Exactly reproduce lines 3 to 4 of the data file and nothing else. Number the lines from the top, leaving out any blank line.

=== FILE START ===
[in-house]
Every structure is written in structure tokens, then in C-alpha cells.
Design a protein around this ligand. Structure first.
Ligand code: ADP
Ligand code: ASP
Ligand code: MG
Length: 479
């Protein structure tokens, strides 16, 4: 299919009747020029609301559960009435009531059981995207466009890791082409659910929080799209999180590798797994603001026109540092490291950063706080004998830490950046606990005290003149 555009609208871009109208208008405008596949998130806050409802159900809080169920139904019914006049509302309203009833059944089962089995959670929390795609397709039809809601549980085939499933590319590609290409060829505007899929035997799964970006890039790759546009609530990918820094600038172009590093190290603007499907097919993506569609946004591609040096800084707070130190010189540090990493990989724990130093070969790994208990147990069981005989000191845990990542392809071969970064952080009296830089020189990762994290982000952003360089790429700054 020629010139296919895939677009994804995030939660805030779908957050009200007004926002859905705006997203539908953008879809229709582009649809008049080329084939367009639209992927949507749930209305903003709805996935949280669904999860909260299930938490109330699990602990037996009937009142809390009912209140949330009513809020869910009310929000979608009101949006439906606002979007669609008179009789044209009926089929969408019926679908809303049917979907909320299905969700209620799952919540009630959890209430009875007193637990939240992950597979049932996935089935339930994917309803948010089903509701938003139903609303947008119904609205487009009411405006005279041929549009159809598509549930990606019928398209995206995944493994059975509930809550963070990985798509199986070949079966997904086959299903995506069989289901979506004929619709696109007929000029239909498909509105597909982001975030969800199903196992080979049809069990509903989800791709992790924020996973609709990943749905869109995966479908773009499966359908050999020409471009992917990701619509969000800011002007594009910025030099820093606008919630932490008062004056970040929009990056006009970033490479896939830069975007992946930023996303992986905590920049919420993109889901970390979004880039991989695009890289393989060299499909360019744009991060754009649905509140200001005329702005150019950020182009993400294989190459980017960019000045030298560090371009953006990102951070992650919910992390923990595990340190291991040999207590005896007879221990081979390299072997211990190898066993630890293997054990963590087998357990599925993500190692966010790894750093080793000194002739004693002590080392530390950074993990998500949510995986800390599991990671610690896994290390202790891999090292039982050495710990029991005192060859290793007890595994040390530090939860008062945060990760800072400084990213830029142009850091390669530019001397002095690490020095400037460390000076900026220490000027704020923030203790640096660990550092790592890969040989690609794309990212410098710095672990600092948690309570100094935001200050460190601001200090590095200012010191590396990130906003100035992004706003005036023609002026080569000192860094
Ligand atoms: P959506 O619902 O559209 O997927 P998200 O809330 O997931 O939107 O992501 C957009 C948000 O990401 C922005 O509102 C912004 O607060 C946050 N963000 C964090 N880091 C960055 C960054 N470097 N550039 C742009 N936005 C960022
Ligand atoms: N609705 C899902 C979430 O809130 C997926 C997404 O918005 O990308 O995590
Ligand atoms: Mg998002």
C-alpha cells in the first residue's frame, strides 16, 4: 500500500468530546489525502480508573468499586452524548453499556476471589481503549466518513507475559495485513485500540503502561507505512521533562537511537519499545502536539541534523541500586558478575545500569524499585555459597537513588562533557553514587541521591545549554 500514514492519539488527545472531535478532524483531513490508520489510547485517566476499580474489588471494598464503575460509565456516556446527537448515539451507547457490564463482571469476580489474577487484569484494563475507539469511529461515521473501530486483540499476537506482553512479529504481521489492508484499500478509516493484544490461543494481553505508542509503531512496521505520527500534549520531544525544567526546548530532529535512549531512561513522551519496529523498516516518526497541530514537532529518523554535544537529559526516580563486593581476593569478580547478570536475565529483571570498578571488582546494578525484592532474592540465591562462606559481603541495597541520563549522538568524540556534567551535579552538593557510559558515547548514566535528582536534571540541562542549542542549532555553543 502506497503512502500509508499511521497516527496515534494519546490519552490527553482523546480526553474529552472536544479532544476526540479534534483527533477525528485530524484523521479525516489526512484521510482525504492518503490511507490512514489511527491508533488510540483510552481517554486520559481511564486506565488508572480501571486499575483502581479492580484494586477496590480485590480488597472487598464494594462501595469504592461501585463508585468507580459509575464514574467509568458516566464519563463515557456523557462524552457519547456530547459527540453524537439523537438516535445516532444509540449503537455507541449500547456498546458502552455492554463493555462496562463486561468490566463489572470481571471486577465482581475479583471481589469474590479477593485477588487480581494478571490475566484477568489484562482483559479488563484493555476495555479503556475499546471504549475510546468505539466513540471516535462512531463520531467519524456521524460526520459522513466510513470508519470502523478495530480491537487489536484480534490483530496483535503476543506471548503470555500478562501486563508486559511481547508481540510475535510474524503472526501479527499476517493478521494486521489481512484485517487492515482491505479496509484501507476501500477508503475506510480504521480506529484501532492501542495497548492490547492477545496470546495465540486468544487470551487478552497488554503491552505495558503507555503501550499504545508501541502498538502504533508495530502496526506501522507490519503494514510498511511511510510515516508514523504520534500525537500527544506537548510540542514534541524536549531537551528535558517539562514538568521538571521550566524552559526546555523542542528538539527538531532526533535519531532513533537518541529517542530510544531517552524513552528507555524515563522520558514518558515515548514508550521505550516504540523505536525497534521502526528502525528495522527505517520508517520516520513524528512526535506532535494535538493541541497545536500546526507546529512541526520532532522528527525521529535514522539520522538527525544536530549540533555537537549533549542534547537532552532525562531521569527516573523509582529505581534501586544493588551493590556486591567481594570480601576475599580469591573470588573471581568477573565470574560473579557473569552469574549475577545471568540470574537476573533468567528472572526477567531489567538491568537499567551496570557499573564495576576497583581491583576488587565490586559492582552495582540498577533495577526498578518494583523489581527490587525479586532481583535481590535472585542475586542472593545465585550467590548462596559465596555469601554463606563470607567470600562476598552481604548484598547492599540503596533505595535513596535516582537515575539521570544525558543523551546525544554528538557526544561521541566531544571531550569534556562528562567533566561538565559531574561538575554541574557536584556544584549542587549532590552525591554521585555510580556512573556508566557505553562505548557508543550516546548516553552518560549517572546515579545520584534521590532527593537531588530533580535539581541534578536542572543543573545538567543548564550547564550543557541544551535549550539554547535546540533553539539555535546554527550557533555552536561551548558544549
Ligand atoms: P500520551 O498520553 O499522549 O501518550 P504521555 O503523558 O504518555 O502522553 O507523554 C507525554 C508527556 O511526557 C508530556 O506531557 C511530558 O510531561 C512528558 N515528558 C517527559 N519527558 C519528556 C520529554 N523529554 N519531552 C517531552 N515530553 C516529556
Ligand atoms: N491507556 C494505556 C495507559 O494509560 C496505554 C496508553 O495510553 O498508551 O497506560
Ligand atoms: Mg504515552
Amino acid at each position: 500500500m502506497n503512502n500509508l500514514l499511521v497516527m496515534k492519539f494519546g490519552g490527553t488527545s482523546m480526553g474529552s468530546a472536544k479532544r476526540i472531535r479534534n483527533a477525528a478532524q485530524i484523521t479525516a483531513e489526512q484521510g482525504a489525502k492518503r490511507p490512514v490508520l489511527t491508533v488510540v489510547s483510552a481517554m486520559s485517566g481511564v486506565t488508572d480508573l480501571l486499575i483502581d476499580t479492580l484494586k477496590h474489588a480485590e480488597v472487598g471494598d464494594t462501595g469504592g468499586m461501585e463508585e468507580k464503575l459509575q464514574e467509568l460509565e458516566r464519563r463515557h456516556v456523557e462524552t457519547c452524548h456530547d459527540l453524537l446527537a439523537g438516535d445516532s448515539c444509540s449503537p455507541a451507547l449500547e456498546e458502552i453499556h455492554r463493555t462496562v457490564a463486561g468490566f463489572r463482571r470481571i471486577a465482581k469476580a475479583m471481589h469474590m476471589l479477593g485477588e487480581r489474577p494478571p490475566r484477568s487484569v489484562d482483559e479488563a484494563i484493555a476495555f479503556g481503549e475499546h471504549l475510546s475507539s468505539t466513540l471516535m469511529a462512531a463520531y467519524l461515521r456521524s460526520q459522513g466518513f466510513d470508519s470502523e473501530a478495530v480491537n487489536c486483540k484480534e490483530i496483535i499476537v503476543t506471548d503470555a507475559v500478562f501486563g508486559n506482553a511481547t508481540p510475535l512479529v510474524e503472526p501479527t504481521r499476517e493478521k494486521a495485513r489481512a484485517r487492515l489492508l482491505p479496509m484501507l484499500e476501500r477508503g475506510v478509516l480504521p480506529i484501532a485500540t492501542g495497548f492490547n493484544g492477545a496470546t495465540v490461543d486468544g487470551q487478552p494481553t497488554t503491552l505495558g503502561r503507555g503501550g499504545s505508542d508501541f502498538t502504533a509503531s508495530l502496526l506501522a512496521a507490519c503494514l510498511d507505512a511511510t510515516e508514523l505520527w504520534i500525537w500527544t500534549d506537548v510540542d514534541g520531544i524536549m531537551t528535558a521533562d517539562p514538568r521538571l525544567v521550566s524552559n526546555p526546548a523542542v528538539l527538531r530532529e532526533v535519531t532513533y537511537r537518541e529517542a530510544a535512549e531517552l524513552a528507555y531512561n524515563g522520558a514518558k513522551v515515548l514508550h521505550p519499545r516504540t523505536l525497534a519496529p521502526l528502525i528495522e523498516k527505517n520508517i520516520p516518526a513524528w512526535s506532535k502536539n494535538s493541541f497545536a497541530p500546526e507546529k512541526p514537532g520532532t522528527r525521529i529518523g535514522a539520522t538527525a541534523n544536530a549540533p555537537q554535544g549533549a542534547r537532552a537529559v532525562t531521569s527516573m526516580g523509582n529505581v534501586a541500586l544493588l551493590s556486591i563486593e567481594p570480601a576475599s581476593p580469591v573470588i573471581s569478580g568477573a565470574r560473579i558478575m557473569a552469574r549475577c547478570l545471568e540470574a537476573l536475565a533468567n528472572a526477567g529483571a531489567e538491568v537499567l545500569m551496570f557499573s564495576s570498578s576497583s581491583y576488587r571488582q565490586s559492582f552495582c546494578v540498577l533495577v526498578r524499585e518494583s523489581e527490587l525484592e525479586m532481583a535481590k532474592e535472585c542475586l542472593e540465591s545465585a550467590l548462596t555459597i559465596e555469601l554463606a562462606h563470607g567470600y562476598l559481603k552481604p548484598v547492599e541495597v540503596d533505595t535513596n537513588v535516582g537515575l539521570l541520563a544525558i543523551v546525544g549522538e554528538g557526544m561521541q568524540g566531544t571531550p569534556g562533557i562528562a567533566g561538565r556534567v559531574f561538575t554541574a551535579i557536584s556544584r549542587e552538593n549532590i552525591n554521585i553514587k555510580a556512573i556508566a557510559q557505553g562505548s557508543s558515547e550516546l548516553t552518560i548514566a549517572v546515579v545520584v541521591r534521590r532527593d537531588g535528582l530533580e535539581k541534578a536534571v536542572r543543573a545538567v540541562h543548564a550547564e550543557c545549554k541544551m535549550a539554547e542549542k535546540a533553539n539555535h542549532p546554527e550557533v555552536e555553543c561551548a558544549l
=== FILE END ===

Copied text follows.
Design a protein around this ligand. Structure first.
Ligand code: ADP